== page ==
Take the 2-minute tour ×
Stack Overflow is a question and answer site for professional and enthusiast programmers. It's 100% free, no registration required.

I have a method that returns an IEnumerable<KeyValuePair<string, ArrayList>>, but some of the callers require the result of the method to be a Dictionary. How can I convert the IEnumerable<KeyValuePair<string, ArrayList>> into a Dictionary<string, ArrayList> so that I can use TryGetValue?

method:

public IEnumerable<KeyValuePair<string, ArrayList>> GetComponents()
{
  // ...
  yield return new KeyValuePair<string, ArrayList>(t.Name, controlInformation);
}

caller:

Dictionary<string, ArrayList> actual = target.GetComponents();
actual.ContainsKey("something");
share|improve this question
add comment

2 Answers 2

up vote 122 down vote accepted

If you're using .NET 3.5 or .NET 4, it's easy to create the dictionary using LINQ:

Dictionary<string, ArrayList> result = target.GetComponents()
                                      .ToDictionary(x => x.Key, x => x.Value);

There's no such thing as an IEnumerable<T1, T2> but a KeyValuePair<TKey, TValue> is fine.

share|improve this answer
    
Can't belineve JS actually found this burried question (and who knows how many more like it)! –  Cristi Diaconescu Oct 26 '10 at 12:58
14  
@Cristi: It wasn't buried when I answered it, four minutes after it was asked. –  Jon Skeet Oct 26 '10 at 13:07
2  
You'd think there would be a call that doesn't require arguments, given that Dictionary<TKey, TValue> implements IEnumerable<KeyValuePair<TKey, TValue>>, but oh well. Easy enough to make your own. –  emodendroket Apr 8 at 21:00
    
@emodendroket why would you think that? You can cast the Dictionary directly to the IEnumerable mentioned because of the interface, but not the other way around. i.e. IEnumerable<KeyValuePair<TKey, TValue>> does not implement or inherit Dictionary<TKey, TValue>. –  Dan Verdolino Jul 1 at 15:40
1  
@DanVerdolino I know that. You'd think that because it's like one of the most common things you might want to do with an IEnumerable of KVPs. –  emodendroket Jul 1 at 15:42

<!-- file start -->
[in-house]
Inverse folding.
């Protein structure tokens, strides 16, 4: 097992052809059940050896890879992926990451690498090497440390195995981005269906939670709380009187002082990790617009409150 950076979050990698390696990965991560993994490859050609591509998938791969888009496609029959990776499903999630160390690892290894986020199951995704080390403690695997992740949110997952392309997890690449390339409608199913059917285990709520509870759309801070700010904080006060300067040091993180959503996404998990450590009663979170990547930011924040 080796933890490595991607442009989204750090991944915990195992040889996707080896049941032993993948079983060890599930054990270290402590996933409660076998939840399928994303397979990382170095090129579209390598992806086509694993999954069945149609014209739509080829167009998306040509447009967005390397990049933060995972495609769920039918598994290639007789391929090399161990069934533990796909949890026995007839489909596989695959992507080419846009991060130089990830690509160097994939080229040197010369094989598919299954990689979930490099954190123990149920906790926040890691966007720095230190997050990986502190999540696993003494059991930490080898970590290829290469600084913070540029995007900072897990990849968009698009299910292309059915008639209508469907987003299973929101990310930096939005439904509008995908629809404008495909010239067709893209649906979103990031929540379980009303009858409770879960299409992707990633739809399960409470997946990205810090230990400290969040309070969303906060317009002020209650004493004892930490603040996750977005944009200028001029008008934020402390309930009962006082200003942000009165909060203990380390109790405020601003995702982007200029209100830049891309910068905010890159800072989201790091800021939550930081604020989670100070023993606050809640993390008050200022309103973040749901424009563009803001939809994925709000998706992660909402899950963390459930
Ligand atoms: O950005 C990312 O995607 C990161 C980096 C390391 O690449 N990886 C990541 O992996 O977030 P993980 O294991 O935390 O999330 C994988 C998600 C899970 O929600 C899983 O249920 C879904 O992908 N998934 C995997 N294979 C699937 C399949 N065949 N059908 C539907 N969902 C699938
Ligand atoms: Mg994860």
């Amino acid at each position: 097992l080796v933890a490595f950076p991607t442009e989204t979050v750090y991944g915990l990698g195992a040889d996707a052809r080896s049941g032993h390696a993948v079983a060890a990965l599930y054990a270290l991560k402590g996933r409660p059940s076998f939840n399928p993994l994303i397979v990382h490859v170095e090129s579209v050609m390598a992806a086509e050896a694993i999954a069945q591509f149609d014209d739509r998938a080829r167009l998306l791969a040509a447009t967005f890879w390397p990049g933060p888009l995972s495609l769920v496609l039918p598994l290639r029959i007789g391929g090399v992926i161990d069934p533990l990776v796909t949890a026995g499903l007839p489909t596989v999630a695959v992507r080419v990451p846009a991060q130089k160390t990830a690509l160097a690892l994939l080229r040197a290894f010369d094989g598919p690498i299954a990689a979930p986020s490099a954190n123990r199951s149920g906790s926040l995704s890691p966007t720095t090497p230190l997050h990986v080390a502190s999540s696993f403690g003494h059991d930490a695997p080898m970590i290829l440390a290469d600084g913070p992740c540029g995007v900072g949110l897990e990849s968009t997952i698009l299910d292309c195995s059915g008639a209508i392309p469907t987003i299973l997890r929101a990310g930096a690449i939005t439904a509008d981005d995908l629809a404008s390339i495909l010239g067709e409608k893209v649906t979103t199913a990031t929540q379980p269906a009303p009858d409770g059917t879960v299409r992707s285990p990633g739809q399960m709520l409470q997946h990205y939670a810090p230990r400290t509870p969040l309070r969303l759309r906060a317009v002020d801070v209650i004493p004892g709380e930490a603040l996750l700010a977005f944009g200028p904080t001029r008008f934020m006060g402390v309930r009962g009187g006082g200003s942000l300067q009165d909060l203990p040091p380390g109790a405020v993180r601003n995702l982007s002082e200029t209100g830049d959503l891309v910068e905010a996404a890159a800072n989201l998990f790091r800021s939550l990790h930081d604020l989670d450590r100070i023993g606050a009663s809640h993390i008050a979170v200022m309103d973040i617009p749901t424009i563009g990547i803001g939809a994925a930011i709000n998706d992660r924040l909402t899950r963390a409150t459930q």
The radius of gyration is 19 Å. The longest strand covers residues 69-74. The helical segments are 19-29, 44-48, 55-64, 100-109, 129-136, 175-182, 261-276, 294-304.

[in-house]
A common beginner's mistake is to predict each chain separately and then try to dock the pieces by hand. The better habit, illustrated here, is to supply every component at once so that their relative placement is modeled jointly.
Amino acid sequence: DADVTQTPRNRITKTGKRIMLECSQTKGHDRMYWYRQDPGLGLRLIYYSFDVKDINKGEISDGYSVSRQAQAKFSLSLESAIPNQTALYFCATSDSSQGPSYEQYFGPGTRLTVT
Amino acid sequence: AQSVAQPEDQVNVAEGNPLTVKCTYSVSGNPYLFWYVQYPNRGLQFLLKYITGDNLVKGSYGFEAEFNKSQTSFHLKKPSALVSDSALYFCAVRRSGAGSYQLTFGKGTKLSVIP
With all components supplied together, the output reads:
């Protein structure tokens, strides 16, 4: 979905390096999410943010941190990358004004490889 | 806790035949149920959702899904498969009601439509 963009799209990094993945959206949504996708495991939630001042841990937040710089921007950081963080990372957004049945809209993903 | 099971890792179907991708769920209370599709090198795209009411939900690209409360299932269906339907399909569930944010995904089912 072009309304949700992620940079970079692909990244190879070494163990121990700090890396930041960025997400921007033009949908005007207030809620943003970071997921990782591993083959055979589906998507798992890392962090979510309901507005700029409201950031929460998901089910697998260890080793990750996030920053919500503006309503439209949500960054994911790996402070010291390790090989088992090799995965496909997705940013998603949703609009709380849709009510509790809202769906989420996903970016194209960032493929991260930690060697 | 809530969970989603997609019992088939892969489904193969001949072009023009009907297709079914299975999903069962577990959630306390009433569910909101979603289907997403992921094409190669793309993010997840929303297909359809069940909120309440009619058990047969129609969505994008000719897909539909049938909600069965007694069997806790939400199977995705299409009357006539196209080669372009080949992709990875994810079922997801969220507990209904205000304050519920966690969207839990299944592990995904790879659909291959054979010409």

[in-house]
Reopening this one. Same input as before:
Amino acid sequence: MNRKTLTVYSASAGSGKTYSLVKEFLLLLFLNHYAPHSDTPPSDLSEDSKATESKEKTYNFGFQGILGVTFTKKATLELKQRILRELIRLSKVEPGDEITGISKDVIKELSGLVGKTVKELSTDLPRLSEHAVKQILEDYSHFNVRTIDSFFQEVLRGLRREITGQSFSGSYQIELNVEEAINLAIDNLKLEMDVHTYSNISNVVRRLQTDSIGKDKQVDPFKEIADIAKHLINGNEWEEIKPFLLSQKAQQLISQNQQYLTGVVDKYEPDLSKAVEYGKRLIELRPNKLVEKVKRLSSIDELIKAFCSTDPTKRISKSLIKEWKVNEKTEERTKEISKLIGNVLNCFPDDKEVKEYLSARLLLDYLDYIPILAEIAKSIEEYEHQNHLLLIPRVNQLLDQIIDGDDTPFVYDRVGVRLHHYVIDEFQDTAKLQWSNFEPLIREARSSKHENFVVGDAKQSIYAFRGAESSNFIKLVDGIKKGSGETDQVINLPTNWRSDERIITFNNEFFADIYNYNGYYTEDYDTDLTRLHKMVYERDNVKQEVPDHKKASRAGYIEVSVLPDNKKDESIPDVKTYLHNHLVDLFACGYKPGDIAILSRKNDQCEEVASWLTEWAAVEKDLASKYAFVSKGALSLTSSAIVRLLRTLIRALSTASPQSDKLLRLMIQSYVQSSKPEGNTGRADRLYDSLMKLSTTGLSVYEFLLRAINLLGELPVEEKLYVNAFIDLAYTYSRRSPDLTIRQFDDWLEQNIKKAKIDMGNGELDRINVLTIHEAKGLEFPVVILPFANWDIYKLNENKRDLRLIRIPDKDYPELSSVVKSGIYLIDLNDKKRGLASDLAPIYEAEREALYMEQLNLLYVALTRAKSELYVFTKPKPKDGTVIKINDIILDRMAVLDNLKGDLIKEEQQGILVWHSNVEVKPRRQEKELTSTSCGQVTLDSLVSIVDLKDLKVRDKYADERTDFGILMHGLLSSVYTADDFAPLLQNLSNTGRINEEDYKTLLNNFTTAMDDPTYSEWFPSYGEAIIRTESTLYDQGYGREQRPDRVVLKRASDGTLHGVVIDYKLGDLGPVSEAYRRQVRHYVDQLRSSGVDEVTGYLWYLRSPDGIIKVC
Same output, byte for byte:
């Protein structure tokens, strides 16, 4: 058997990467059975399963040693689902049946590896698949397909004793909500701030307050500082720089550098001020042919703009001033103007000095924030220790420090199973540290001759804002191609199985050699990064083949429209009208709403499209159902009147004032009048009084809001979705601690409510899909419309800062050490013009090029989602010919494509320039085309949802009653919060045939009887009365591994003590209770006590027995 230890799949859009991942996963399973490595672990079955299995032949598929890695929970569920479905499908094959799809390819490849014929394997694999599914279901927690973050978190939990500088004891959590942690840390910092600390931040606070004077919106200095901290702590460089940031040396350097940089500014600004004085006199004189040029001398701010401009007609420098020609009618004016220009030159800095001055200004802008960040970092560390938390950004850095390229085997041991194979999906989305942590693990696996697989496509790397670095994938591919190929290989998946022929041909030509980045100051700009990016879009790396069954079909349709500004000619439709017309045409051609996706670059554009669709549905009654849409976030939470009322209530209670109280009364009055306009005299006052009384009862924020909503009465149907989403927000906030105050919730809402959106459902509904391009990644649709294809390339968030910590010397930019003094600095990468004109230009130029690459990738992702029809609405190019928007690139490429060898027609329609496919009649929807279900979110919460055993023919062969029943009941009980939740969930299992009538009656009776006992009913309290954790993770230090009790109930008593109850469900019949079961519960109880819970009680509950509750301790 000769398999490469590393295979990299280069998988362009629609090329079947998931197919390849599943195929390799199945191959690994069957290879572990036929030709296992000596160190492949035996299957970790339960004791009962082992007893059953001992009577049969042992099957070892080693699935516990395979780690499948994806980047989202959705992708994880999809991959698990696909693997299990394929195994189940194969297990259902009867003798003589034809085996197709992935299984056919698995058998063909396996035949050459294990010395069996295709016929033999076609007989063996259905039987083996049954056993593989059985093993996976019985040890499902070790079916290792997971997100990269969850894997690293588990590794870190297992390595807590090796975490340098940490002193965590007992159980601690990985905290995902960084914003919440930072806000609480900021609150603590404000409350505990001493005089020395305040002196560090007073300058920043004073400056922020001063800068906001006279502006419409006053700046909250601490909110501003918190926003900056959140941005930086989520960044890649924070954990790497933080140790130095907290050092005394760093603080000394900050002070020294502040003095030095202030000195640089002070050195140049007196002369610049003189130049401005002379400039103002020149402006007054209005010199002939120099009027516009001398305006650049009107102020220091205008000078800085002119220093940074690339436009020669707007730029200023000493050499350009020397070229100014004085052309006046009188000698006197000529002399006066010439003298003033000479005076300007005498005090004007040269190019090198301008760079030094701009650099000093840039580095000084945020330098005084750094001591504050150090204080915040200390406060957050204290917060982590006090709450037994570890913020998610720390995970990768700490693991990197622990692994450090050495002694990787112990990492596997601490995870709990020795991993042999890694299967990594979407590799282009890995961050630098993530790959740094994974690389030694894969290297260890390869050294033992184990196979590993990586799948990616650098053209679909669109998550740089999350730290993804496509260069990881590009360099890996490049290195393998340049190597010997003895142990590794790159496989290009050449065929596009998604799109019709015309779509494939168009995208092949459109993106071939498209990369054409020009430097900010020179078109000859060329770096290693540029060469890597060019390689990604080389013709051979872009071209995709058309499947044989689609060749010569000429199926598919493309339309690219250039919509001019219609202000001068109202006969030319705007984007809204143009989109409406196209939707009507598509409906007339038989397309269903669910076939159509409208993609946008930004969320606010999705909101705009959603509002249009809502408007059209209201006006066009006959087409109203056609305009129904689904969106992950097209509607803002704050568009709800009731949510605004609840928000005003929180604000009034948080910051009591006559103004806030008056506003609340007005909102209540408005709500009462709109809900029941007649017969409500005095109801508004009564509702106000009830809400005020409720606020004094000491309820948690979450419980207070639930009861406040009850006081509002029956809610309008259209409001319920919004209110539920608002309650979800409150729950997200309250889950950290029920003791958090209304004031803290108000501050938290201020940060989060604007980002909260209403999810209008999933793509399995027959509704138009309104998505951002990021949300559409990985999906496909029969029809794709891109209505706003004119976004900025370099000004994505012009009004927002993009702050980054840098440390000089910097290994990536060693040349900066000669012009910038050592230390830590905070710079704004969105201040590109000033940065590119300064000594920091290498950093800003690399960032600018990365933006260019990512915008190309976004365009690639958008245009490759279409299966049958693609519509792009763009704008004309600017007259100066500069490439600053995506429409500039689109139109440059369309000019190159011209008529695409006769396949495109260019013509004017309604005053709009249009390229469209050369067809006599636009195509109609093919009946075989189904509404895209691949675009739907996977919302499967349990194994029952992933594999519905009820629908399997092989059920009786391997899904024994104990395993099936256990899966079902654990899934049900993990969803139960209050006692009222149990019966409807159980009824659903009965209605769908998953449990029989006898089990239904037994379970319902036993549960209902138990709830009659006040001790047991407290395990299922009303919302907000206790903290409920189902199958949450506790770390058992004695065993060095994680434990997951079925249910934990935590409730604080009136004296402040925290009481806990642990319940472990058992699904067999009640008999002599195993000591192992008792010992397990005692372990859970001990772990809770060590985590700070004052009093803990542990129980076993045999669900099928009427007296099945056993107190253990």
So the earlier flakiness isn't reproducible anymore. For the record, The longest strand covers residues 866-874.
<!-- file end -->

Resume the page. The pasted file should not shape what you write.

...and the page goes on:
add comment

Creating a Dictionary object from Datable using IEnumerable

using System.Data;
using ..


public class SomeClass {
    //define other properties
    // ...  

    public Dictionary<string, User> ConvertToDictionaryFromDataTable(DataTable myTable, string keyColumnName)
        {
            // define IEnumerable having one argument of KeyValuePair
            IEnumerable<KeyValuePair<string,User>> tableEnumerator = myTable.AsEnumerable().Select(row => 
                {
                    // return key value pair
                    return new KeyValuePair<string,User>(row[keyColumnName].ToString(),                        
                        new User 
                        {
                            UserID=row["userId"].ToString(),
                            Username=row["userName"].ToString(),
                            Email=row["email"].ToString(),
                            RoleName=row["roleName"].ToString(),
                            LastActivityDate=Convert.ToDateTime(row["lastActivityDate"]),
                            CreateDate=Convert.ToDateTime(row["createDate"]),
                            LastLoginDate=Convert.ToDateTime(row["lastLoginDate"]),
                            IsActive=Convert.ToBoolean(row["isActive"]),
                            IsLockedOut=Convert.ToBoolean(row["isLockedOut"]),
                            IsApproved=Convert.ToBoolean(row["isApproved"])
                        });
                });
            return tableEnumerator.ToDictionary(x => x.Key, x => x.Value);
        }

}


public class User
{

    public string UserID { get; set; }       
    public string Username { get; set; }
    public string Email { get; set; }
    public string RoleName { get; set; }       
    public DateTime LastActivityDate { get; set; }
    public DateTime CreateDate { get; set; }
    public DateTime LastLoginDate { get; set; }
    public bool IsActive { get; set; }
    public bool IsLockedOut { get; set; }
    public bool IsApproved { get; set; }                

// Other methods to follow..
}



        IEnumerable<KeyValuePair<string,User>> ieUsers = membershipUsers.AsEnumerable().Select(row =>
            {
                return new KeyValuePair<string,User>(row.UserName.ToString(),
                    new User
                    {
                        Username = row.UserName.ToString(),
                        Email = row.Email.ToString()
                    });
            });
        allMembershipUsers = ieUsers.ToDictionary(x => x.Key, x => x.Value);
        return allMembershipUsers;
    }
}
share|improve this answer
13  
All you needed to answer the question was ieUsers.ToDictionary(x => x.Key, x => x.Value). Why this giant code dump? What do DataTables have to do with anything? –  Justin Morgan May 8 '12 at 18:15
add comment

Your Answer

 
discard

By posting your answer, you agree to the privacy policy and terms of service.

Not the answer you're looking for? Browse other questions tagged or ask your own question.